Beth A. Krohn M.F.T.

The Development of the Trauma Field

As the field of trauma has developed, there has been a shift from seeing Post- Traumatic Stress Disorder (PTSD) as exclusively a result of war trauma, to include the victims of sexual assault of all kinds, child abuse, domestic violence, other types of violence and natural disasters. Another line of development has been to understand the traumatic impact of being raised by a person who is hurtful, critical, addicted, shaming, self-centered, unpredictably abandoning and/or neglectful.

Therapies such as Eye Movement Desensitization and Reprocessing (EMDR) are highly effective in desensitizing trauma and developing a more positive understanding of, and empathy for, the traumatized self. For more information please visit EMDR International Association. Several therapies have been developed based on a deeper understanding of the trauma of painful/distant relationships with parents, such as the Developmental Needs Meeting Strategy (DNMS). For more information please visit Developmental Needs Meeting Strategy Institute.

Other lines of development in the trauma field include:

An understanding that even though events are common, they can still be experienced as traumatic depending on the context of the events and the temperament of the person experiencing them. Examples of this are divorce, bullying, being shamed in front of peers, loss of people we are close to, witnessing violence etc.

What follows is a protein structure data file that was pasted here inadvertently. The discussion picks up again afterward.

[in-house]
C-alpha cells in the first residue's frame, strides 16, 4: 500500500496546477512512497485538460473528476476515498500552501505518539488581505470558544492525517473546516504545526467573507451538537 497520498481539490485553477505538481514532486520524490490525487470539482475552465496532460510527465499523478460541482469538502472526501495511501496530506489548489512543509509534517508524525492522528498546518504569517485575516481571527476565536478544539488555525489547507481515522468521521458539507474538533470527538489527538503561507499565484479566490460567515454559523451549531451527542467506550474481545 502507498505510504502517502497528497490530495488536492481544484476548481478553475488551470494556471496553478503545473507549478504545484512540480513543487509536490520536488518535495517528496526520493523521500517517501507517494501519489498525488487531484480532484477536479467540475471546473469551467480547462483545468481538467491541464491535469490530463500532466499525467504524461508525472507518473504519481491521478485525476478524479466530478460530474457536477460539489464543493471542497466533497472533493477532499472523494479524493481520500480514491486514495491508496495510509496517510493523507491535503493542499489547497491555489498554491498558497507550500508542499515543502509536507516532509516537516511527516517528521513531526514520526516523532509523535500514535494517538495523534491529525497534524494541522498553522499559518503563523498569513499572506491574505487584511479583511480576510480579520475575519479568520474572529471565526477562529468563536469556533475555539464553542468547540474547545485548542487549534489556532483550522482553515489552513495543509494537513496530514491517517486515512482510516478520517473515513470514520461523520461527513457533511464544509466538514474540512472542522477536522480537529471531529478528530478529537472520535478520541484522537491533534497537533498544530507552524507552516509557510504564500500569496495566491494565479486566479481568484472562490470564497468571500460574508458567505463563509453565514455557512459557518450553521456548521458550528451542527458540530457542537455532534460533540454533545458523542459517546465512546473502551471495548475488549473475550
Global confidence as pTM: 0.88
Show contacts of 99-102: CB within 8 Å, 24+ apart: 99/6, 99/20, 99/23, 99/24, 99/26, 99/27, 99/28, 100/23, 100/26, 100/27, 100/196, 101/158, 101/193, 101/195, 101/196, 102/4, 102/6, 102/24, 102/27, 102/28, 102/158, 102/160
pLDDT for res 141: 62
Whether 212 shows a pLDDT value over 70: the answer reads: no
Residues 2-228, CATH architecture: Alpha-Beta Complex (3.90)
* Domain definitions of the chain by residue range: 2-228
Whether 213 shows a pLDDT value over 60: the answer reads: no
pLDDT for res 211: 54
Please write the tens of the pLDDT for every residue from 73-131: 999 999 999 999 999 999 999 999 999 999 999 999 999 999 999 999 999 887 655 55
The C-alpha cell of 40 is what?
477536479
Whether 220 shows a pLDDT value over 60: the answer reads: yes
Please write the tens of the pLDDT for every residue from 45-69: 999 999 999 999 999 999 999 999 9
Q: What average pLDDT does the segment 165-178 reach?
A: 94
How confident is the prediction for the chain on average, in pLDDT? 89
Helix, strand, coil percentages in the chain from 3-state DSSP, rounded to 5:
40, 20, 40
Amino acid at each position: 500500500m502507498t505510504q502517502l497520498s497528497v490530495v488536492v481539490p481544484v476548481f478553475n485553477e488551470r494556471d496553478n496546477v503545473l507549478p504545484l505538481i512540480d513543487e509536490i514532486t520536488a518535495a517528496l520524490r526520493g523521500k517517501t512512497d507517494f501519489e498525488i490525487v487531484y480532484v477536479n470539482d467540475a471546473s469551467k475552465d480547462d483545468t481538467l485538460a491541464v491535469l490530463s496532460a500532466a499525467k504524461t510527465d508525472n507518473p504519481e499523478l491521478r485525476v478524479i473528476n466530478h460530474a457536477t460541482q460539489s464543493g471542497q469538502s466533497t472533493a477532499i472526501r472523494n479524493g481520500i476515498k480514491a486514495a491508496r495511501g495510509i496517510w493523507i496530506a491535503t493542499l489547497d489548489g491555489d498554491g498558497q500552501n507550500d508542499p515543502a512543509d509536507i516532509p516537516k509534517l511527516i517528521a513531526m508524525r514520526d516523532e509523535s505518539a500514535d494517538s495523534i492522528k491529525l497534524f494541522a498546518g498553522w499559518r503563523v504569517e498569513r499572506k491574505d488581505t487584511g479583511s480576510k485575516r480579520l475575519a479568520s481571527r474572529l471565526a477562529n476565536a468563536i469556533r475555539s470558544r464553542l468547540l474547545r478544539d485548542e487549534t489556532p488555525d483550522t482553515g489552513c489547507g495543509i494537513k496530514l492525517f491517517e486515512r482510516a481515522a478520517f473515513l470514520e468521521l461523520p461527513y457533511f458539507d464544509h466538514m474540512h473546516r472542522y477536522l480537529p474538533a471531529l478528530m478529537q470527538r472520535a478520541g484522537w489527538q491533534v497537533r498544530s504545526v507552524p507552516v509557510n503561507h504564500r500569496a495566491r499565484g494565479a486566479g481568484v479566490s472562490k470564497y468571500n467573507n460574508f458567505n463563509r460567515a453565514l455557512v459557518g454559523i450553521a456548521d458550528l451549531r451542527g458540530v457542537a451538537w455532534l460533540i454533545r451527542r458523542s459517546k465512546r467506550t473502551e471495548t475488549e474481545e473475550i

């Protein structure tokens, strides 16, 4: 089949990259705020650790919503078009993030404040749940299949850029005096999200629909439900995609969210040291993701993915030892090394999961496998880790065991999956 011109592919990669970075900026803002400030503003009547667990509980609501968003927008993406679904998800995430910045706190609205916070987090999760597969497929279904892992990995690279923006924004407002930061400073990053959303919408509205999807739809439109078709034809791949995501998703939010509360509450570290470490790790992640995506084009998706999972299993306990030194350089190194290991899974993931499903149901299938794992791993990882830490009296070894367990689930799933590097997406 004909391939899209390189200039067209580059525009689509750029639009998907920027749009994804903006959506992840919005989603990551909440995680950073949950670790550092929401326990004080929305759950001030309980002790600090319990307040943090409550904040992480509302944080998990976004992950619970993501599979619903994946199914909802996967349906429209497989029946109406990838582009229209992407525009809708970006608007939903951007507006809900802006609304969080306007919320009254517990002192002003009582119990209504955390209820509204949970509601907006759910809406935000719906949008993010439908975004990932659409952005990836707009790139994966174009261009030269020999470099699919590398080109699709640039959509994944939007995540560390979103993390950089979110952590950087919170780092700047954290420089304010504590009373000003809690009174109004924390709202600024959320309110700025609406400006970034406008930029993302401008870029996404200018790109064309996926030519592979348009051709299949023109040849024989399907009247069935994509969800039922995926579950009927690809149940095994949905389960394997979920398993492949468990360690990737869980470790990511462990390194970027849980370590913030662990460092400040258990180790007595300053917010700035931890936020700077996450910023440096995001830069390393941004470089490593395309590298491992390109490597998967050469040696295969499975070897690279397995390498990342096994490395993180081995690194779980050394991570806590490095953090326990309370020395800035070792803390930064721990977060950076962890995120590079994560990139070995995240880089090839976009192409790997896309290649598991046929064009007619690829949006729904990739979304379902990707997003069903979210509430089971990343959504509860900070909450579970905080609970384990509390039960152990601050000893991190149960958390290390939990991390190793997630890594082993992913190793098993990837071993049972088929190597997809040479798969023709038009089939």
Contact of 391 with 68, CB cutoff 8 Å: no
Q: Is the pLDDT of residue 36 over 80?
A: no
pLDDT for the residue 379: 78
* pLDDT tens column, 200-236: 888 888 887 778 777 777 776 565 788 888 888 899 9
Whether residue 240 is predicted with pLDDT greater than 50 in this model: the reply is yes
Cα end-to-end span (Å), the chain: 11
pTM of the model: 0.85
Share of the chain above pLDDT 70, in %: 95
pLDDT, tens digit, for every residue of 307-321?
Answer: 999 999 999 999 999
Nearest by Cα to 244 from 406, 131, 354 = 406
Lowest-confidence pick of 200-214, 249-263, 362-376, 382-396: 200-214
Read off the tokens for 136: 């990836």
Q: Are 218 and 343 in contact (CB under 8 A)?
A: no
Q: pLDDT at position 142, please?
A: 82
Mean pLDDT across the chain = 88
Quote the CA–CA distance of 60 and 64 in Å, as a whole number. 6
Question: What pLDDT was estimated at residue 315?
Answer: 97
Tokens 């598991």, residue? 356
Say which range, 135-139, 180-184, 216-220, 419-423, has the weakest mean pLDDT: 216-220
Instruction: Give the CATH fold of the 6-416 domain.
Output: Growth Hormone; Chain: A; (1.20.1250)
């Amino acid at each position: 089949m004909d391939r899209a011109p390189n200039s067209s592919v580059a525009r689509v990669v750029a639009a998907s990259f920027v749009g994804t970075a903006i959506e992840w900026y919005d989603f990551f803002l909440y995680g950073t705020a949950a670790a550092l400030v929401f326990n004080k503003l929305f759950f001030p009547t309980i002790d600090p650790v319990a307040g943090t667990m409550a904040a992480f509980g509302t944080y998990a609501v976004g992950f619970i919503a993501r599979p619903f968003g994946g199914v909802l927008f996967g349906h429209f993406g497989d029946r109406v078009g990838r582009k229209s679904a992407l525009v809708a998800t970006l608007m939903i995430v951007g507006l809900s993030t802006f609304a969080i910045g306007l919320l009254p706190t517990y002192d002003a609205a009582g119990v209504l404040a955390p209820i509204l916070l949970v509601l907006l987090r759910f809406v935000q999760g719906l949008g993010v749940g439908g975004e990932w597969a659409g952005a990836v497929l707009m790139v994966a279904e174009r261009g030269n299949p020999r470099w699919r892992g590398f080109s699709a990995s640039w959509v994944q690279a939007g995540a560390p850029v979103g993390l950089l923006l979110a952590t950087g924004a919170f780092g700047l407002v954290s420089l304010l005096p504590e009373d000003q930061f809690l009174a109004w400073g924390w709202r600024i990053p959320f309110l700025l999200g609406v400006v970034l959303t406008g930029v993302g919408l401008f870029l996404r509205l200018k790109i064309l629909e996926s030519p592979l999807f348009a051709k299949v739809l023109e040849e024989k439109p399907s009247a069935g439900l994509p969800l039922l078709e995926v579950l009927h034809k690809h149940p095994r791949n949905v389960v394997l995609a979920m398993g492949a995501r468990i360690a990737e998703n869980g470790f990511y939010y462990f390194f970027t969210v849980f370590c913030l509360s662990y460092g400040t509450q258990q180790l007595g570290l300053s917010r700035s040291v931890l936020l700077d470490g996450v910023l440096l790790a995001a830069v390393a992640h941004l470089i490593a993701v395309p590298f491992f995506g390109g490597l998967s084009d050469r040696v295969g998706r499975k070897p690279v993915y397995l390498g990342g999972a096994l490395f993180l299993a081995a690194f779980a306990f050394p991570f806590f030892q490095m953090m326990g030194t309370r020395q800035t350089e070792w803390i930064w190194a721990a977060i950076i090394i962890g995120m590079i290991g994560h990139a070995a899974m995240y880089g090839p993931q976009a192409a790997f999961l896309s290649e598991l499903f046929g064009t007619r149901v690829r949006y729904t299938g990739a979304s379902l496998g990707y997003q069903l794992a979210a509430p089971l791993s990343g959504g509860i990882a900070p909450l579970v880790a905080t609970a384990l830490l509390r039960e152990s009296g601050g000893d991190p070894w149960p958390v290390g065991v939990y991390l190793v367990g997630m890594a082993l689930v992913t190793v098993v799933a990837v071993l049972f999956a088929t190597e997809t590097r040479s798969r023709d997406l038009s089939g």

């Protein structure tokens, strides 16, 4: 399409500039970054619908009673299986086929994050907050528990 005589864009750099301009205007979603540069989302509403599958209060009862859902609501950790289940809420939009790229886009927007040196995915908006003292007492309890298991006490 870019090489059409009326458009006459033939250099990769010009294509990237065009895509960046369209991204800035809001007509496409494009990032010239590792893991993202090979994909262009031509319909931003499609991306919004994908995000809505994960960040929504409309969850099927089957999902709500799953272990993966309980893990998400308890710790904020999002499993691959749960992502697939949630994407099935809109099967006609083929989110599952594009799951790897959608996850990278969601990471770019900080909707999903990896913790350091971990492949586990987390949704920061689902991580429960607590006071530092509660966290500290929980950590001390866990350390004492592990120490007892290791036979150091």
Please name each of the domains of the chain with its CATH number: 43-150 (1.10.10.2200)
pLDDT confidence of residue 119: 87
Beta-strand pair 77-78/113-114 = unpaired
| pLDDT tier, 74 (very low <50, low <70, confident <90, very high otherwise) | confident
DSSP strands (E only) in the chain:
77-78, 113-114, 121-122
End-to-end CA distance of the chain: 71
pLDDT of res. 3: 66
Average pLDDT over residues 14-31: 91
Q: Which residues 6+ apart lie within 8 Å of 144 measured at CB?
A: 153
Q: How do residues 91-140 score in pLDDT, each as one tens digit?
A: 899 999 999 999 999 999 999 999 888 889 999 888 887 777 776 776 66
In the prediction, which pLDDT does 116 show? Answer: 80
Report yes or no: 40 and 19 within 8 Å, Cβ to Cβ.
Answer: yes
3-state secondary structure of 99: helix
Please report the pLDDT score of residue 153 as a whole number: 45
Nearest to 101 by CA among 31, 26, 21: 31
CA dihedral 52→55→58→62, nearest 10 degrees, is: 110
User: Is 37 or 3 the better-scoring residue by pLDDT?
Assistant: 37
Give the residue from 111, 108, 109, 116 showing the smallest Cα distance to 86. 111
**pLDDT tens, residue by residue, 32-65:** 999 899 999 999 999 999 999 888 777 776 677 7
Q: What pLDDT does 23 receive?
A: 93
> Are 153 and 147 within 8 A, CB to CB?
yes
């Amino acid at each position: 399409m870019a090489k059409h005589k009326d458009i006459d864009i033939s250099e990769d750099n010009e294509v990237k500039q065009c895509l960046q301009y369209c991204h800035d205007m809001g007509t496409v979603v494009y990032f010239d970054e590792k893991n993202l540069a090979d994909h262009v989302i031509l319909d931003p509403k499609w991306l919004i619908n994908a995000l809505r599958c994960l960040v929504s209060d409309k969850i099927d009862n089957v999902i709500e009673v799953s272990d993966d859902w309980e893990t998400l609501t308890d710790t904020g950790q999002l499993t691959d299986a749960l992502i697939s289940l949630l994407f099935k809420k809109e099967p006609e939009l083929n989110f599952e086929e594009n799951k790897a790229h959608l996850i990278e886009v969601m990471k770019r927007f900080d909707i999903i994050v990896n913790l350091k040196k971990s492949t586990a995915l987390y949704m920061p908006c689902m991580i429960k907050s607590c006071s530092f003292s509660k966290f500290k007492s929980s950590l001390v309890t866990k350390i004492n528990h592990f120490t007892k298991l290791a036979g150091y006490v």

Because surviving trauma involves extreme measures, our normally existing parts of self can become more extreme, stuck in the past, isolated and in conflict with each other. This results in painful self-criticism, anxiety, depression and having difficulty moving forward in our lives. The most effective way to deal with these inner conflicts is getting to know and deeply listening to the needs and feelings of each part, meeting those needs, and learning skills to increase cooperation and understanding between parts. Towards this end, several ego state therapies have been developed, including DNMS and Internal Family Systems.